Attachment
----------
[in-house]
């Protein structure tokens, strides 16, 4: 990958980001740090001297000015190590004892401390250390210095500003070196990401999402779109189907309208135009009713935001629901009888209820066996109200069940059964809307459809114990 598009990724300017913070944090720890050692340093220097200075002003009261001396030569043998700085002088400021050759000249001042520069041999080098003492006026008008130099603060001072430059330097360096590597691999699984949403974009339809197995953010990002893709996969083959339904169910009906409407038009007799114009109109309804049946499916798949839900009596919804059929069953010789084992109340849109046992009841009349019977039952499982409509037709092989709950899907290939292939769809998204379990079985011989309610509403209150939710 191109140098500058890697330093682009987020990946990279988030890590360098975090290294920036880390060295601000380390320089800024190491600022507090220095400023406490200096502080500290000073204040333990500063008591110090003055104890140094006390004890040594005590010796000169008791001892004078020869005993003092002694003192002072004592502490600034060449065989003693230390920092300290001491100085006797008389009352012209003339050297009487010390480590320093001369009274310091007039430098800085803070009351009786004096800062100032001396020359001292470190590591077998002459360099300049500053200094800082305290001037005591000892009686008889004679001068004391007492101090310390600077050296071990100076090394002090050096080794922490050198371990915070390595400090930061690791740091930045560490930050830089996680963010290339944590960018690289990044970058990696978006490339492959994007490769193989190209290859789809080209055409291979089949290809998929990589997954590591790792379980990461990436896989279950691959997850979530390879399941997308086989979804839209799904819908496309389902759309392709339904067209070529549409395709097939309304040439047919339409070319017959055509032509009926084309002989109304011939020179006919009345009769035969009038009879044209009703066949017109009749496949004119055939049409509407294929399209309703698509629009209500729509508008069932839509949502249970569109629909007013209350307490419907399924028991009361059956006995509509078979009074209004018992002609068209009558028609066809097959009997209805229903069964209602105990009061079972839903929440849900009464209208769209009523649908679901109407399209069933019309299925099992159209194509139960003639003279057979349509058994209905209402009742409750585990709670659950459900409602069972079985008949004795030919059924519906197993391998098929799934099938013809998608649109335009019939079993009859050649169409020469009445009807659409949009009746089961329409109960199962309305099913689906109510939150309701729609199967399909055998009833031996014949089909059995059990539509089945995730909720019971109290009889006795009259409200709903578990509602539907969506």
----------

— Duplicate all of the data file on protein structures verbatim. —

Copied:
[in-house]
């Protein structure tokens, strides 16, 4: 990958980001740090001297000015190590004892401390250390210095500003070196990401999402779109189907309208135009009713935001629901009888209820066996109200069940059964809307459809114990 598009990724300017913070944090720890050692340093220097200075002003009261001396030569043998700085002088400021050759000249001042520069041999080098003492006026008008130099603060001072430059330097360096590597691999699984949403974009339809197995953010990002893709996969083959339904169910009906409407038009007799114009109109309804049946499916798949839900009596919804059929069953010789084992109340849109046992009841009349019977039952499982409509037709092989709950899907290939292939769809998204379990079985011989309610509403209150939710 191109140098500058890697330093682009987020990946990279988030890590360098975090290294920036880390060295601000380390320089800024190491600022507090220095400023406490200096502080500290000073204040333990500063008591110090003055104890140094006390004890040594005590010796000169008791001892004078020869005993003092002694003192002072004592502490600034060449065989003693230390920092300290001491100085006797008389009352012209003339050297009487010390480590320093001369009274310091007039430098800085803070009351009786004096800062100032001396020359001292470190590591077998002459360099300049500053200094800082305290001037005591000892009686008889004679001068004391007492101090310390600077050296071990100076090394002090050096080794922490050198371990915070390595400090930061690791740091930045560490930050830089996680963010290339944590960018690289990044970058990696978006490339492959994007490769193989190209290859789809080209055409291979089949290809998929990589997954590591790792379980990461990436896989279950691959997850979530390879399941997308086989979804839209799904819908496309389902759309392709339904067209070529549409395709097939309304040439047919339409070319017959055509032509009926084309002989109304011939020179006919009345009769035969009038009879044209009703066949017109009749496949004119055939049409509407294929399209309703698509629009209500729509508008069932839509949502249970569109629909007013209350307490419907399924028991009361059956006995509509078979009074209004018992002609068209009558028609066809097959009997209805229903069964209602105990009061079972839903929440849900009464209208769209009523649908679901109407399209069933019309299925099992159209194509139960003639003279057979349509058994209905209402009742409750585990709670659950459900409602069972079985008949004795030919059924519906197993391998098929799934099938013809998608649109335009019939079993009859050649169409020469009445009807659409949009009746089961329409109960199962309305099913689906109510939150309701729609199967399909055998009833031996014949089909059995059990539509089945995730909720019971109290009889006795009259409200709903578990509602539907969506």